• Science Saturday: Quest to unmask an elusive immune cancer

A researcher and her team to journey in search of a worthy goal: better care for patients with lymphoma.

When she began practicing medicine, Dr. Lisa Rimsza, a Mayo Clinic hematopathologist, faced a frustration common in the cancer field. After diagnosing patients with an immune system cancer called lymphoma, she couldn’t provide the information they most wanted to know: What’s my prognosis? What’s the most effective treatment for me?

“Sometimes, the lymphoma could be controlled with chemotherapy, but other patients relapsed repeatedly. Why? We just didn’t have many answers,” she says.At the same time, the researcher within her was fascinated.

“What’s so interesting about lymphoma is that it’s an immune system cancer,” she says. “With most other cancers, cells that become abnormal are attacked by the immune system. But lymphoma originates in the immune system, so the cells that are supposed to attack cancer become cancer themselves. Lymphoma cells have a lot of sneaky ways to avoid being noticed by other immune cells. It’s very curious.”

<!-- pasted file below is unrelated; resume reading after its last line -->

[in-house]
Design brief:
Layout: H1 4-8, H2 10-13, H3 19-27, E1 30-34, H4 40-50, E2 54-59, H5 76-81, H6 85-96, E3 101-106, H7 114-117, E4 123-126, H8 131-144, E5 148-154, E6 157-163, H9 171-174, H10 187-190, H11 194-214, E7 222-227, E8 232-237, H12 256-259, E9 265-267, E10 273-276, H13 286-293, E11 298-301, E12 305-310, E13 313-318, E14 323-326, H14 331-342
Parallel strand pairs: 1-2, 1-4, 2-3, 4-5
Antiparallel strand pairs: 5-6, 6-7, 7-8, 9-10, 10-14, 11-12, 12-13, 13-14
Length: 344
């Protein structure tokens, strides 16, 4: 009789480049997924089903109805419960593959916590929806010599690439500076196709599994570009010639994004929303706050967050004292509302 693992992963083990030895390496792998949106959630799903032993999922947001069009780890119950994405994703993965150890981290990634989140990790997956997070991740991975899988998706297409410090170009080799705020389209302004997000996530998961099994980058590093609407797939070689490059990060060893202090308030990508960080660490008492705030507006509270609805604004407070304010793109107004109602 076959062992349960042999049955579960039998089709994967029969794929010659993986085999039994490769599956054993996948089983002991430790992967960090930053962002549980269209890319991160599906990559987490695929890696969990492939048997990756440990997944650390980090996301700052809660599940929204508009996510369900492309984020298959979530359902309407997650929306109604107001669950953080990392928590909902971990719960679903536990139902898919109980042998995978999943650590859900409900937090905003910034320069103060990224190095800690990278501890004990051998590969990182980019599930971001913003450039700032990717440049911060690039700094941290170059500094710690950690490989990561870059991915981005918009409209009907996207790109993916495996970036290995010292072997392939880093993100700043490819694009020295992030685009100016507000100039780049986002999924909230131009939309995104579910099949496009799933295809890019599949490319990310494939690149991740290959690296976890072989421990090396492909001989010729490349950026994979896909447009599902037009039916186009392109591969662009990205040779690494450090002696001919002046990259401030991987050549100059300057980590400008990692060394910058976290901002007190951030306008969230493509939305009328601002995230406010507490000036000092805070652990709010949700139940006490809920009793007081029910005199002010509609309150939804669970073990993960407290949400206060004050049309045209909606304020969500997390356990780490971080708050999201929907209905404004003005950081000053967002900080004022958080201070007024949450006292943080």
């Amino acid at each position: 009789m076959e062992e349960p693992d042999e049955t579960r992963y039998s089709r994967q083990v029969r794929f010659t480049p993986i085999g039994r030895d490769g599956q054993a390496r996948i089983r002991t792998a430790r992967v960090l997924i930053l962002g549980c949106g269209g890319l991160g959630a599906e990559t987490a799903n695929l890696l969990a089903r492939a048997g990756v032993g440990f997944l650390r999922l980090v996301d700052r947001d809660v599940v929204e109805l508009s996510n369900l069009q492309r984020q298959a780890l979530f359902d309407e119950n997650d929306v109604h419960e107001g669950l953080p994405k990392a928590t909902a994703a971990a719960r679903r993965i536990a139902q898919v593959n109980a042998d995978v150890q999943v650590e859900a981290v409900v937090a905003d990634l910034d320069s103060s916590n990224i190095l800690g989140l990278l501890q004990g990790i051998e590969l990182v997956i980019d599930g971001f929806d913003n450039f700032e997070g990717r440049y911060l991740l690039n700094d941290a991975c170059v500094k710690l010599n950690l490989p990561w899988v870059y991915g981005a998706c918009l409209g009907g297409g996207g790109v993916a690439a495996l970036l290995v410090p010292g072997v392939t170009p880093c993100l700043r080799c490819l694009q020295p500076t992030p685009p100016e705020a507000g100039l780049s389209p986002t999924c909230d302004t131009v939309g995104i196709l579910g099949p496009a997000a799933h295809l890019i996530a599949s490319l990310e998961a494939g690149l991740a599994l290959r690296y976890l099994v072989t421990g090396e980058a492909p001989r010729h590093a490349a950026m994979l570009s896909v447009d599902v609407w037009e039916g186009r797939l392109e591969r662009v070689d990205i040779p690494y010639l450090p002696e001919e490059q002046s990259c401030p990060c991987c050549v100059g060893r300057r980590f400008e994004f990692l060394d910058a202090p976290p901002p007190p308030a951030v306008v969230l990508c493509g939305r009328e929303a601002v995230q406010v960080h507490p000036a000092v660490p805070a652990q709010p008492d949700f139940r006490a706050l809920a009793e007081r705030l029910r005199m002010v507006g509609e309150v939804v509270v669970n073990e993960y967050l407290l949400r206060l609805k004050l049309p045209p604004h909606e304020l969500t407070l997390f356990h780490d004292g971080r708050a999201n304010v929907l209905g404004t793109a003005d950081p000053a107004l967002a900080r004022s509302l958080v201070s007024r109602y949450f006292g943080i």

Lymphoma is the most common immune cancer. It affects a type of white blood cells known as lymphocytes that travel through the blood repelling invaders such as viruses and bacteria. Lymphoma develops when a change or mutation occurs in a lymphocyte, causing the abnormal cell to replicate faster or live longer than normal. Read the rest of the article on Discovery's Edge.


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